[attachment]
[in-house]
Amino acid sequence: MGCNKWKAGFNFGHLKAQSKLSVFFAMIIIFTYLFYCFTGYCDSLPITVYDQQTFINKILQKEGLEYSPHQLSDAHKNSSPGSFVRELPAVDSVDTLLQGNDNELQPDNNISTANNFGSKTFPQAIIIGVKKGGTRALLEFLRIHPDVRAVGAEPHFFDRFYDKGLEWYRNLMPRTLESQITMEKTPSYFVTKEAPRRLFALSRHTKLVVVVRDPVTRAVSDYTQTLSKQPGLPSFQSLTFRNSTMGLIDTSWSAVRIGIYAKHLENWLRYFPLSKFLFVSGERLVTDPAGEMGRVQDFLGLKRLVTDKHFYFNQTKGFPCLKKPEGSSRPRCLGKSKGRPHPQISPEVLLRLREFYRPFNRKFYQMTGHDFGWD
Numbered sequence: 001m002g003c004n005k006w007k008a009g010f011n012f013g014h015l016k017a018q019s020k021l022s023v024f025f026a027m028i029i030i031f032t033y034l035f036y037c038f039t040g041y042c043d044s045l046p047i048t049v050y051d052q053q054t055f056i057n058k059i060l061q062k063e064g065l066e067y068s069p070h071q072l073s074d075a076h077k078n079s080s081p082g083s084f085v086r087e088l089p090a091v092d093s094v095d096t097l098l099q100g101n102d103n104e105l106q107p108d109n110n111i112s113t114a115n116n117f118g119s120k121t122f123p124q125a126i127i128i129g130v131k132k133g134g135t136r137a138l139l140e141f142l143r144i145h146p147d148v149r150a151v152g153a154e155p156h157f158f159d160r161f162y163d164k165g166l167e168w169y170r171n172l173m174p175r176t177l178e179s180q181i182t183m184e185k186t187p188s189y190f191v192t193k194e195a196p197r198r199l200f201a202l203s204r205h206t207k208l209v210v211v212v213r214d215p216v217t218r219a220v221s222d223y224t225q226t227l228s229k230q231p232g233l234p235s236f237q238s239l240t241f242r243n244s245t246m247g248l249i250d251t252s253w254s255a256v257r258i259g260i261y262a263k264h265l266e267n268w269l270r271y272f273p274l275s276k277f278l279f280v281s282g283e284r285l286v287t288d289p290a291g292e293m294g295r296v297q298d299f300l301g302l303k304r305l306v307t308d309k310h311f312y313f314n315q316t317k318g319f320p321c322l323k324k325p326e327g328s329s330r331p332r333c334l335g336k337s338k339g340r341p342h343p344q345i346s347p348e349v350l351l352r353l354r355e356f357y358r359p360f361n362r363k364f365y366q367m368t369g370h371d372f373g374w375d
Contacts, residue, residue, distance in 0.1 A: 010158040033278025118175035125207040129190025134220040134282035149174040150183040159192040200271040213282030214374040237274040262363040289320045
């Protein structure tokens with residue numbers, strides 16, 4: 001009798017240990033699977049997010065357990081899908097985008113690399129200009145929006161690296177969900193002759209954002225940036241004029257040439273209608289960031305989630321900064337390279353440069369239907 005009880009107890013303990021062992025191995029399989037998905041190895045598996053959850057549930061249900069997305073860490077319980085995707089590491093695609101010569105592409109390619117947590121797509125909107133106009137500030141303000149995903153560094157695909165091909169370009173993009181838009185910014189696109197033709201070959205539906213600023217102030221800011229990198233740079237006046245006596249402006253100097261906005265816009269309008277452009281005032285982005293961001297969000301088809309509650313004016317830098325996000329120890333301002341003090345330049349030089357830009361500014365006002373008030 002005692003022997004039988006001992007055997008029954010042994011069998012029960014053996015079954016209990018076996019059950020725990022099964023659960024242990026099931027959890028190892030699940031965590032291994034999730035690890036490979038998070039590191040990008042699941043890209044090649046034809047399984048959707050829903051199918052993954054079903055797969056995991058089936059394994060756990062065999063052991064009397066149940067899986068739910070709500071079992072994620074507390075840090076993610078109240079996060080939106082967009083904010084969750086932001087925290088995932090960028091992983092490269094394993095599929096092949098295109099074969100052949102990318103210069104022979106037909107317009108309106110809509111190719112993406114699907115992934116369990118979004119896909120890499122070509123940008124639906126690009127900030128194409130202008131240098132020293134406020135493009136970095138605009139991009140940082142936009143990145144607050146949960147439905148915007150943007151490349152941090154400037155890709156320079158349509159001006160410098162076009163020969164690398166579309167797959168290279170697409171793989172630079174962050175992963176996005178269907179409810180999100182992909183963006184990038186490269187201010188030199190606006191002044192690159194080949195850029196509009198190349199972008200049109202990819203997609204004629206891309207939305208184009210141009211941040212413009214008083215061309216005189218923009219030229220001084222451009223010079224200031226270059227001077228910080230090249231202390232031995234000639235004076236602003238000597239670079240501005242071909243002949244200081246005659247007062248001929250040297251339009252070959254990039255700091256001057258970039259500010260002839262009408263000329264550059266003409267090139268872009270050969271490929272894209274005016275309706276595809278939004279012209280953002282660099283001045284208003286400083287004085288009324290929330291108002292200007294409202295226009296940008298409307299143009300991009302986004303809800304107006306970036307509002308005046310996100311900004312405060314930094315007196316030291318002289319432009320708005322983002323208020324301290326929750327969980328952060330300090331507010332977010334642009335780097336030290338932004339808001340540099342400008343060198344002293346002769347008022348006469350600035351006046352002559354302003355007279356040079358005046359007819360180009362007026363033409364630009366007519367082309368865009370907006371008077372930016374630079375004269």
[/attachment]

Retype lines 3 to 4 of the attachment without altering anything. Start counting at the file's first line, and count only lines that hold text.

Numbered sequence: 001m002g003c004n005k006w007k008a009g010f011n012f013g014h015l016k017a018q019s020k021l022s023v024f025f026a027m028i029i030i031f032t033y034l035f036y037c038f039t040g041y042c043d044s045l046p047i048t049v050y051d052q053q054t055f056i057n058k059i060l061q062k063e064g065l066e067y068s069p070h071q072l073s074d075a076h077k078n079s080s081p082g083s084f085v086r087e088l089p090a091v092d093s094v095d096t097l098l099q100g101n102d103n104e105l106q107p108d109n110n111i112s113t114a115n116n117f118g119s120k121t122f123p124q125a126i127i128i129g130v131k132k133g134g135t136r137a138l139l140e141f142l143r144i145h146p147d148v149r150a151v152g153a154e155p156h157f158f159d160r161f162y163d164k165g166l167e168w169y170r171n172l173m174p175r176t177l178e179s180q181i182t183m184e185k186t187p188s189y190f191v192t193k194e195a196p197r198r199l200f201a202l203s204r205h206t207k208l209v210v211v212v213r214d215p216v217t218r219a220v221s222d223y224t225q226t227l228s229k230q231p232g233l234p235s236f237q238s239l240t241f242r243n244s245t246m247g248l249i250d251t252s253w254s255a256v257r258i259g260i261y262a263k264h265l266e267n268w269l270r271y272f273p274l275s276k277f278l279f280v281s282g283e284r285l286v287t288d289p290a291g292e293m294g295r296v297q298d299f300l301g302l303k304r305l306v307t308d309k310h311f312y313f314n315q316t317k318g319f320p321c322l323k324k325p326e327g328s329s330r331p332r333c334l335g336k337s338k339g340r341p342h343p344q345i346s347p348e349v350l351l352r353l354r355e356f357y358r359p360f361n362r363k364f365y366q367m368t369g370h371d372f373g374w375d
Contacts, residue, residue, distance in 0.1 A: 010158040033278025118175035125207040129190025134220040134282035149174040150183040159192040200271040213282030214374040237274040262363040289320045